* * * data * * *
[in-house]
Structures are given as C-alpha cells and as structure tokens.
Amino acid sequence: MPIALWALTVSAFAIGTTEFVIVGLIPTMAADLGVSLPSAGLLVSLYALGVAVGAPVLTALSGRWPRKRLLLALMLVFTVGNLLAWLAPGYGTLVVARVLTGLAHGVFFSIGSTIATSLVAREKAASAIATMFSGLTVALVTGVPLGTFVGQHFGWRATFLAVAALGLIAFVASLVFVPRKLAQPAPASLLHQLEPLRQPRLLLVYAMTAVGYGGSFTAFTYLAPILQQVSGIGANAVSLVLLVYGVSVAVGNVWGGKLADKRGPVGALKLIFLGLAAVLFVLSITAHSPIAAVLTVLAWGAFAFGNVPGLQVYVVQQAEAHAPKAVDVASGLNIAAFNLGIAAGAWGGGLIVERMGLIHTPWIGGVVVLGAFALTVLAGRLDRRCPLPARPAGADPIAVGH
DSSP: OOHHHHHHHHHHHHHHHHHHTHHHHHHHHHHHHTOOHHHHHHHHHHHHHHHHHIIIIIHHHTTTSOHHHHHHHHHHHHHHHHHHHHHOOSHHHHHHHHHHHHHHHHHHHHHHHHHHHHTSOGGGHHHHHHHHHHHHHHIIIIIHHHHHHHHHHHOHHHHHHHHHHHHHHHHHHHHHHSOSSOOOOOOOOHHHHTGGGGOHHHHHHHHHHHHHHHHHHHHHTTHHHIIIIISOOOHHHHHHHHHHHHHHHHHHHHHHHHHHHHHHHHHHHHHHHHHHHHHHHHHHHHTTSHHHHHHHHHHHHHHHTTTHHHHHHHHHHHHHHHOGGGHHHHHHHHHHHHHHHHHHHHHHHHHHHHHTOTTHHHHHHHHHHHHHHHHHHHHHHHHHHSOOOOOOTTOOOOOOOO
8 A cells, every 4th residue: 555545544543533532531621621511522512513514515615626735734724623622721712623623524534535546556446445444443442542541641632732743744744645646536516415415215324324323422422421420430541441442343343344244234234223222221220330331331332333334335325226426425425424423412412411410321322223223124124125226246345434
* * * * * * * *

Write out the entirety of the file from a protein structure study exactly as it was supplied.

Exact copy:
[in-house]
Structures are given as C-alpha cells and as structure tokens.
Amino acid sequence: MPIALWALTVSAFAIGTTEFVIVGLIPTMAADLGVSLPSAGLLVSLYALGVAVGAPVLTALSGRWPRKRLLLALMLVFTVGNLLAWLAPGYGTLVVARVLTGLAHGVFFSIGSTIATSLVAREKAASAIATMFSGLTVALVTGVPLGTFVGQHFGWRATFLAVAALGLIAFVASLVFVPRKLAQPAPASLLHQLEPLRQPRLLLVYAMTAVGYGGSFTAFTYLAPILQQVSGIGANAVSLVLLVYGVSVAVGNVWGGKLADKRGPVGALKLIFLGLAAVLFVLSITAHSPIAAVLTVLAWGAFAFGNVPGLQVYVVQQAEAHAPKAVDVASGLNIAAFNLGIAAGAWGGGLIVERMGLIHTPWIGGVVVLGAFALTVLAGRLDRRCPLPARPAGADPIAVGH
DSSP: OOHHHHHHHHHHHHHHHHHHTHHHHHHHHHHHHTOOHHHHHHHHHHHHHHHHHIIIIIHHHTTTSOHHHHHHHHHHHHHHHHHHHHHOOSHHHHHHHHHHHHHHHHHHHHHHHHHHHHTSOGGGHHHHHHHHHHHHHHIIIIIHHHHHHHHHHHOHHHHHHHHHHHHHHHHHHHHHHSOSSOOOOOOOOHHHHTGGGGOHHHHHHHHHHHHHHHHHHHHHTTHHHIIIIISOOOHHHHHHHHHHHHHHHHHHHHHHHHHHHHHHHHHHHHHHHHHHHHHHHHHHHHTTSHHHHHHHHHHHHHHHTTTHHHHHHHHHHHHHHHOGGGHHHHHHHHHHHHHHHHHHHHHHHHHHHHHTOTTHHHHHHHHHHHHHHHHHHHHHHHHHHSOOOOOOTTOOOOOOOO
8 A cells, every 4th residue: 555545544543533532531621621511522512513514515615626735734724623622721712623623524534535546556446445444443442542541641632732743744744645646536516415415215324324323422422421420430541441442343343344244234234223222221220330331331332333334335325226426425425424423412412411410321322223223124124125226246345434